Why's it OK for Mother Nature to fool with us?

February 27, 2005|BY MARK KELLER

Remember when you were young and used to look forward to snow days?

Of course, we didn't have the responsibilities then that we do now. All we needed to do was bundle up, find a good hill to sled down and be home before dark.

Now we have the responsibilities of shoveling the sidewalk and the driveway, cleaning off the cars and - unless you have a cushy government job - still reporting for work despite the weather.

How I'd love to be searching for that hill again.

I hate to sound like I'm bellyaching, but ... well, that is what I'm doing here, isn't it?

Scheduling coverage of area events is often my most difficult job. Deciding what gets covered and what doesn't is not a task that we take lightly.


So imagine my dismay when, after arranging our personnel in such a way that we had 90 percent of this weekend's public school playoff games staffed, Mother Nature intervened.

Thursday's snow caused school closings throughout the area Friday, making for one hectic Saturday of playoff basketball.

As they say, the best laid plans of mice and men oft go astray.

Though I promised myself I wouldn't stress over the situation, I found myself worrying about the possible repercussions involved in missing some of these games.

Letters, e-mails, phone calls ... I could expect all of them.

Why does the Board of Education have that silly rule? You know, the one that says if school is canceled for the day all extracurricular events are canceled, too.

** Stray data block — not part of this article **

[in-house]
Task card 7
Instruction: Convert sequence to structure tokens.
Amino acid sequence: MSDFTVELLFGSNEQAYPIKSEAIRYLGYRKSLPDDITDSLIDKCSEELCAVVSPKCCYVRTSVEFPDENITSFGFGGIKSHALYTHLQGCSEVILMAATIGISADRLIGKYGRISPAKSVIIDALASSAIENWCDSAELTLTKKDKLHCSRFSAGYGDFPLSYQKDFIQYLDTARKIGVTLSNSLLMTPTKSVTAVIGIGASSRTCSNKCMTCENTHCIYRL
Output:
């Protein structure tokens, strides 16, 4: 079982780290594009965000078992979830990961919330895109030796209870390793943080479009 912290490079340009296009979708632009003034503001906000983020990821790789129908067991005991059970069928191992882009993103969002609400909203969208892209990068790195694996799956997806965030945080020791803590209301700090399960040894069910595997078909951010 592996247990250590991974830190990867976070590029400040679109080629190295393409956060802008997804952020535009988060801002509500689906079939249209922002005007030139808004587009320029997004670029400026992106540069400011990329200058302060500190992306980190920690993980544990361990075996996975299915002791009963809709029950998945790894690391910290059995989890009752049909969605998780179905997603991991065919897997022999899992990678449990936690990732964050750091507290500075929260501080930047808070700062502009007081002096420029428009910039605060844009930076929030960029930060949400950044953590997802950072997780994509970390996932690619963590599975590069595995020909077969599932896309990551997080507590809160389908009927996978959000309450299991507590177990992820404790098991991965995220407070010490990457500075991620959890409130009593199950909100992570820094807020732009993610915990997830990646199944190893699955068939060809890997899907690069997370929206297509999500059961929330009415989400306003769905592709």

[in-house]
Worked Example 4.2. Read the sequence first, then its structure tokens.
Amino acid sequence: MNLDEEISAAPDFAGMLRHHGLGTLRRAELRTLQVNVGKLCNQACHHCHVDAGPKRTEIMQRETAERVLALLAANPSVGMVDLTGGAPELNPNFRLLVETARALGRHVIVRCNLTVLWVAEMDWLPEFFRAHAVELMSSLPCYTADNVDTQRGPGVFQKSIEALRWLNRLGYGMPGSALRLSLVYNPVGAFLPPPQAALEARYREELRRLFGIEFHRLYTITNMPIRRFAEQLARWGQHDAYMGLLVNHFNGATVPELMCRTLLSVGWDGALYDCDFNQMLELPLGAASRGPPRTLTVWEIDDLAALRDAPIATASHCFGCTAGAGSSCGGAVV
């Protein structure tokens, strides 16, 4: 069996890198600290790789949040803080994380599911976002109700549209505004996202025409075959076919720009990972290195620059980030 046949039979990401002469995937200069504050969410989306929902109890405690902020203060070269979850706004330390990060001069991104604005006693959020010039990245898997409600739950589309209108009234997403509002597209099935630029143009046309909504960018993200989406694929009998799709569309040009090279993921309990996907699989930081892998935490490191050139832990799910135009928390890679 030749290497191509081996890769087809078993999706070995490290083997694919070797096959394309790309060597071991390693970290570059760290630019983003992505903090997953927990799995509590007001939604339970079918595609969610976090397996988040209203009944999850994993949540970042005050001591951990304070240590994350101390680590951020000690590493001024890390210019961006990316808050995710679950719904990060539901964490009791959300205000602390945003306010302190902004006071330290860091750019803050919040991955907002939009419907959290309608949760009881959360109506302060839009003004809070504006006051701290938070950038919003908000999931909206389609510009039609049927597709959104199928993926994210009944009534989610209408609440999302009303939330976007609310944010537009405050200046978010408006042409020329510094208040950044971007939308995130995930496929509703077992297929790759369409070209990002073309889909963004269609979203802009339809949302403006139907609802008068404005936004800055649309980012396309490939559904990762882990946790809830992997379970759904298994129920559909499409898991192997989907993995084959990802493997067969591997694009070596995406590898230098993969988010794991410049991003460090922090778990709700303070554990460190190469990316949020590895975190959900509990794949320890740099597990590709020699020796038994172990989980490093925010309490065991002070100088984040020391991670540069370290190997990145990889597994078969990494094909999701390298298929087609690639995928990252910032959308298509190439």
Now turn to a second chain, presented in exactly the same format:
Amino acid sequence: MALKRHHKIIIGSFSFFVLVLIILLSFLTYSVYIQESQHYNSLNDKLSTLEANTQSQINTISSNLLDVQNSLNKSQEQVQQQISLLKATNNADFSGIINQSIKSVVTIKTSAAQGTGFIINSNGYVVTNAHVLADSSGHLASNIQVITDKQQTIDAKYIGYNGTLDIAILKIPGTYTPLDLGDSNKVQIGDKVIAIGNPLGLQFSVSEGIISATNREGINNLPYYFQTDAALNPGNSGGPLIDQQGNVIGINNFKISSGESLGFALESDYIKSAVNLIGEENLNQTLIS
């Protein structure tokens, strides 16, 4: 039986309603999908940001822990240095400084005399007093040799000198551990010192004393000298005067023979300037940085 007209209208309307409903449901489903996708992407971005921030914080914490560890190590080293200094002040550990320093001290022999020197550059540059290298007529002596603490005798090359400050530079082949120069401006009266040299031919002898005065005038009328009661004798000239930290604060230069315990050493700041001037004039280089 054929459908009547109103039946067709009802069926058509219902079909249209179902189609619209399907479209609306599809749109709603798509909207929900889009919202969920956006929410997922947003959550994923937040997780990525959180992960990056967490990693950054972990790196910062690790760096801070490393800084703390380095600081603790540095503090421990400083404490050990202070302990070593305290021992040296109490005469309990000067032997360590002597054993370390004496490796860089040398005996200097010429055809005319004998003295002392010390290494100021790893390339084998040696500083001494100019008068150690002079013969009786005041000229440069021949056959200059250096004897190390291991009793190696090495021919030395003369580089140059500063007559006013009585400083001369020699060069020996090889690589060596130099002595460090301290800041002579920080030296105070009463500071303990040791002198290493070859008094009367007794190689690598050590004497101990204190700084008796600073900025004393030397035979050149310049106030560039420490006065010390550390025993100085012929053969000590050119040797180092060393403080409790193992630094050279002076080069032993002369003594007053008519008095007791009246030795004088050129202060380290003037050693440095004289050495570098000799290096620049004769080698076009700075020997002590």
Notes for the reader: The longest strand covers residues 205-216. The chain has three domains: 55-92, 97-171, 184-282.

They could have played those games Friday night. The roads were clear - actually many were dry - the temperature was up and there seemed no immediate danger of freezing.

I must have sounded like William Devane in "The Bad News Bears In Breaking Training."

"LET ... THEM ... PLAY!"

"LET ... THEM ... PLAY!"

"LET ... THEM ... PLAY!"

But nobody heard me ... well, nobody outside of the newsroom, anyway. And those in the newsroom told me to keep it down.

My options were simple:

- Hire Ping and five of his clones from the AARP commercial, or;

- Get to all the events we could, then grin and bear it.

Ping didn't return my call, so ...

I guess it just goes to show how little we have to say about things that we think we can control.

Here's hoping we don't face the same problem next winter - or again this winter.

And just as an insurance policy, I've promised Mother Nature to keep my lawn looking nice this summer. It never hurts to try a little bribe.

Mark Keller is sports editor of The Herald-Mail. His column appears every Sunday. he can be reached at 301-733-5131, ext. 2332, or by e-mail at

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